Iowa Women's Basketball

Megan Gustafson enjoying life in the WNBA

Former Hawkeye isn't concerned about lack of playing time

Megan Gustafson (13) of the Dallas Wings handles the ball against the Indiana Fever on July 5 at the College Park Center in Arlington, Texas. (Tim Heitman/NBAE via Getty Images)
Megan Gustafson (13) of the Dallas Wings handles the ball against the Indiana Fever on July 5 at the College Park Center in Arlington, Texas. (Tim Heitman/NBAE via Getty Images)
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ARLINGTON, Texas — Megan Gustafson wasted little time in experiencing her “welcome to the WNBA moment,” an annual ritual for any rookie.

It came in her regular-season debut June 20 against Phoenix, when she had four points and three rebounds in 10 minutes.

“I got a rebound against Brittney Griner and she actually head-locked me,” Gustafson, 22, said. “I drew a foul. That was kind of like ‘oh, welcome to the league, Megan.’”

Of course, University of Iowa fans remember her as the two-time Big Ten Conference Women’s Player of the Year who was the 17th pick in the 2019 WNBA Draft. However, Gustafson did not make the Wings' opening night roster in May, but was re-signed by the team in June, leading to her league debut several weeks ago against the Mercury.

Heading into the weekend, she was averaging 3.9 points and 2.7 rebounds through seven games, getting nine minutes per game. And despite seeing limited action thus far, she really can’t complain about her early tenure in the WNBA.

“Yeah, it’s been pretty good. I think it’s great being able to play in this league,” Gustafson said. “Obviously, there’s been some ups and some downs, but I've just got to keep on working as hard as I can every single day.

“I know this isn’t guaranteed. Nothing really is in life, so I’m going to take my chance that I have and keep working hard.”

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She’s only been in Texas for a short time, but already has embraced the Dallas-Fort Worth area because of how many fun things there are to do. One thing she isn’t looking forward to is the long, hot summers the DFW area is known for.

However, one pleasant surprise thus far has been the number of Hawkeye shirts she’s seen in the stands for home games at College Park Center on the campus of the University of Texas Arlington.

At a July 5 loss to Indiana, almost an entire row of fans were wearing the trademark black-and-gold of the Hawkeyes, a welcome sight for this Iowa product.

“It’s so cool. I never know when they’re coming,” Gustafson said. “I didn’t even know there was going to be any Iowa fans (here). It just goes to show the wonderful support I had at Iowa. Hawk fans are everywhere and they love their school. It’s just really cool to have that support all over the world.”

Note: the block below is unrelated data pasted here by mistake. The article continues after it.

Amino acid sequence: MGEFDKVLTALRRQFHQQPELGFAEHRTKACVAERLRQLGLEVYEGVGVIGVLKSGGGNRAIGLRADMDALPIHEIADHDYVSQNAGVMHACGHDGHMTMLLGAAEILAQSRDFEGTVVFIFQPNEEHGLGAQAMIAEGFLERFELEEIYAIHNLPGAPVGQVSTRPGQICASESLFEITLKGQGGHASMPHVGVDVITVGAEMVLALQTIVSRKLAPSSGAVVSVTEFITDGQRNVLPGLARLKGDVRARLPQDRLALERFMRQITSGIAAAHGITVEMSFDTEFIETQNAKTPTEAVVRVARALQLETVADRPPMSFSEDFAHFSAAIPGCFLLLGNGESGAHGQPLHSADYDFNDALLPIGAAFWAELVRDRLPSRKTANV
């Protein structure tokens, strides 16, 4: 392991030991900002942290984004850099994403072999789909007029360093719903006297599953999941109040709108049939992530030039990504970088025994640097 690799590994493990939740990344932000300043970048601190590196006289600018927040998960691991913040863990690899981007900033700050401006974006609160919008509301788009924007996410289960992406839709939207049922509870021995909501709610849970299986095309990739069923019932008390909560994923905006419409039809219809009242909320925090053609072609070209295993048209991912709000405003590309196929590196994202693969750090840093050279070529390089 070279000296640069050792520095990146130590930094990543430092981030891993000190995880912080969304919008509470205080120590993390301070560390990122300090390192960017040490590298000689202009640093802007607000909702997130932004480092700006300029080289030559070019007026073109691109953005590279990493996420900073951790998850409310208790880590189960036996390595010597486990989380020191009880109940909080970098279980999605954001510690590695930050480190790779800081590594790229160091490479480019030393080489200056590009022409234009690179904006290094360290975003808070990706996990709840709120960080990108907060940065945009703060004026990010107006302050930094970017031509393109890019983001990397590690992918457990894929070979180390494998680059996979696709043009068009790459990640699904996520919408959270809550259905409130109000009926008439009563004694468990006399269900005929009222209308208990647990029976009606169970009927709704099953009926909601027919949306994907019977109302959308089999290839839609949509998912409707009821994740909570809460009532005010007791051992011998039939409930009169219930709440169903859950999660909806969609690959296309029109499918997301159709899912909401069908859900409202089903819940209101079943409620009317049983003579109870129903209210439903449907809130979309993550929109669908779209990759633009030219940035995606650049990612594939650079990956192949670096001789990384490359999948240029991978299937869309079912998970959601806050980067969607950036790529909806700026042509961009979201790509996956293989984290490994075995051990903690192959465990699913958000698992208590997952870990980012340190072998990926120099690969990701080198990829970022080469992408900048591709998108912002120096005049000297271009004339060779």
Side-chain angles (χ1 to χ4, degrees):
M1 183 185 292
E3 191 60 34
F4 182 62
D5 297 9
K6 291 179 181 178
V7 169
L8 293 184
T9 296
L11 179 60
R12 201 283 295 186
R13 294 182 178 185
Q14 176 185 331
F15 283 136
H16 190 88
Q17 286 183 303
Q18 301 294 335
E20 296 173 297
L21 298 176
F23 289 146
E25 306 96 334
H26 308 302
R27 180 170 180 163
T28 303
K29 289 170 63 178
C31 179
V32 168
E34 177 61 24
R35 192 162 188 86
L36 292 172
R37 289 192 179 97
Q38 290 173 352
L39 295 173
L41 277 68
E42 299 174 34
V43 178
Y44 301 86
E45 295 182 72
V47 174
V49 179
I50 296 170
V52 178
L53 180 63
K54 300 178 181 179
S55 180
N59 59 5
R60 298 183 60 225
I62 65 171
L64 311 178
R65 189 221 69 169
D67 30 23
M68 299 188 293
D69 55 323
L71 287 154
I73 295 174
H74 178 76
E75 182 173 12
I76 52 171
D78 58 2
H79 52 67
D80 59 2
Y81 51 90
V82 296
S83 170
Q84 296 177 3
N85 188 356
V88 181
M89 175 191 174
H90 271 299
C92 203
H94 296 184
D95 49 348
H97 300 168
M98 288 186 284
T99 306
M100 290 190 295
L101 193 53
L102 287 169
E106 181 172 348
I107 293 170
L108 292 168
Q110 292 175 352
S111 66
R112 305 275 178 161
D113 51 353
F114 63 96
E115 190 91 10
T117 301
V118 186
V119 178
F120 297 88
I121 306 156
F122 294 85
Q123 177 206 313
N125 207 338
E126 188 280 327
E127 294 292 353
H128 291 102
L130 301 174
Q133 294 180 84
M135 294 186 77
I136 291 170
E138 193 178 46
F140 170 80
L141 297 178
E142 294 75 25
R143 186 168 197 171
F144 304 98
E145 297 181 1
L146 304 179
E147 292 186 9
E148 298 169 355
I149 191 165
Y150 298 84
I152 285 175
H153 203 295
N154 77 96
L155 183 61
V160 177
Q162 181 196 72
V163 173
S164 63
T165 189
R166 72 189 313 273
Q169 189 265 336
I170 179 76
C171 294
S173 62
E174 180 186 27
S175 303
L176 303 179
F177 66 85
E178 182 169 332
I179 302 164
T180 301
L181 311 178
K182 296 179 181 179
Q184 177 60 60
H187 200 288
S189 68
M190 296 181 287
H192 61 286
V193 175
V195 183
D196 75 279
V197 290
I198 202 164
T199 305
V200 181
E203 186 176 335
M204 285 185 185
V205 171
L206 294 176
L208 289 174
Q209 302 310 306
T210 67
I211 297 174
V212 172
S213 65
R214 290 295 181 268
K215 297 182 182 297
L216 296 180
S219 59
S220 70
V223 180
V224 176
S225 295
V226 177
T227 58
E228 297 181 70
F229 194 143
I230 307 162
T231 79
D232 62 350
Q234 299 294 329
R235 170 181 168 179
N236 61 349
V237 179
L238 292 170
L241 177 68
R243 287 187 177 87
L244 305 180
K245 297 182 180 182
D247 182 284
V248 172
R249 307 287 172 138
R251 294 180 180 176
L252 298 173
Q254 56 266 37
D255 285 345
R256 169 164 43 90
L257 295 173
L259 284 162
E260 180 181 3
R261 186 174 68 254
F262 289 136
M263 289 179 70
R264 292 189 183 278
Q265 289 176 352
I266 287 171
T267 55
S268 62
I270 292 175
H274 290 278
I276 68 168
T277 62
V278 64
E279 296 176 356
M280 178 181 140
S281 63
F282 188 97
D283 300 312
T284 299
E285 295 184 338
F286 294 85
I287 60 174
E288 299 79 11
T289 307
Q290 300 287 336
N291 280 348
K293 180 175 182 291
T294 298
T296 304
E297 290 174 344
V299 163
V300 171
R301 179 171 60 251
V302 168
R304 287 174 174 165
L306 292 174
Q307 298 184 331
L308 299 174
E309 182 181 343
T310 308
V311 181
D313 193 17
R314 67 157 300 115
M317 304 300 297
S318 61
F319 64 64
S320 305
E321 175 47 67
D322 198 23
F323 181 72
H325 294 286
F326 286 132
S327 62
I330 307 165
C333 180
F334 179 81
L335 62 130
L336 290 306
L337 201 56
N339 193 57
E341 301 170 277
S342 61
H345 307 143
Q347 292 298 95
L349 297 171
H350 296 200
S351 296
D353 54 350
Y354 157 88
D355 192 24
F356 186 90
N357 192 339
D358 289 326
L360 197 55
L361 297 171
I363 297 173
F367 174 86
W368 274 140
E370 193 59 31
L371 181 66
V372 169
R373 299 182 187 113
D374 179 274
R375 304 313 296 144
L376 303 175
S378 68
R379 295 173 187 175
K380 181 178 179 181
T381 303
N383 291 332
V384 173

Her four seasons in Iowa City were filled with success on both an individual and a team level. But Gustafson knew making the jump to the professional ranks would be a big transition, a leap she feels like she was well prepared for.

“I think in college everyone was really good, but here everyone’s superstars, so just being ready for that every single day (is big),” she said. “Defensively, that’s something that I can always improve on. I’ve seen improvement from myself game-to-game, but I've just got to keep working on dealing with that physicality of that next level.

“I expected it to be harder (here), obviously and I expected it to be a level up. I think I’ve done a pretty good job of battling in there as hard as I possibly can. I've just got to keep working on extending my range. I’ve been working on that a lot lately, so I’m excited to really implement that coming up here.”

As a rookie in most pro sports, that means it’s time to pay dues, which usually involve rites of passage like singing on cue, carrying bags or fetching coffee or snacks for teammates. However, Gustafson is happy to say she’s experienced none of that with the Wings and that includes being spared from having to lug around the dreaded pink backpack, a staple of the NBA.

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And like many of her teammates, once the WNBA season concludes in the fall, she will venture abroad to play. She recently signed to play her first winter as a professional in Hungary, an experience the well-traveled ex-Hawkeye looks forward to.

“I think just a new culture and a new experience (is what I’m most excited about),” Gustafson said. “I love to travel. I’ve been abroad a couple times and I’m just really excited to be able to immerse myself totally in a new culture and obviously a new team. I’m really excited for that, too.”

Regardless of whether she’s roaming the hardwood stateside in the WNBA or in Europe, one thing which never changes with Gustafson is the immense pride she feels every time she hits the floor, that feeling of knowing she is representing the Hawkeyes.

“Yeah, it’s really important,” she said. “I’m very proud of where I come from. The University of Iowa’s been so good to me. Obviously, I miss them but this is my next step now, my next journey. I’m thankful that I’m really just able to focus on what I have now and here in Dallas, but at the same time I’m always going to represent the University of Iowa.”

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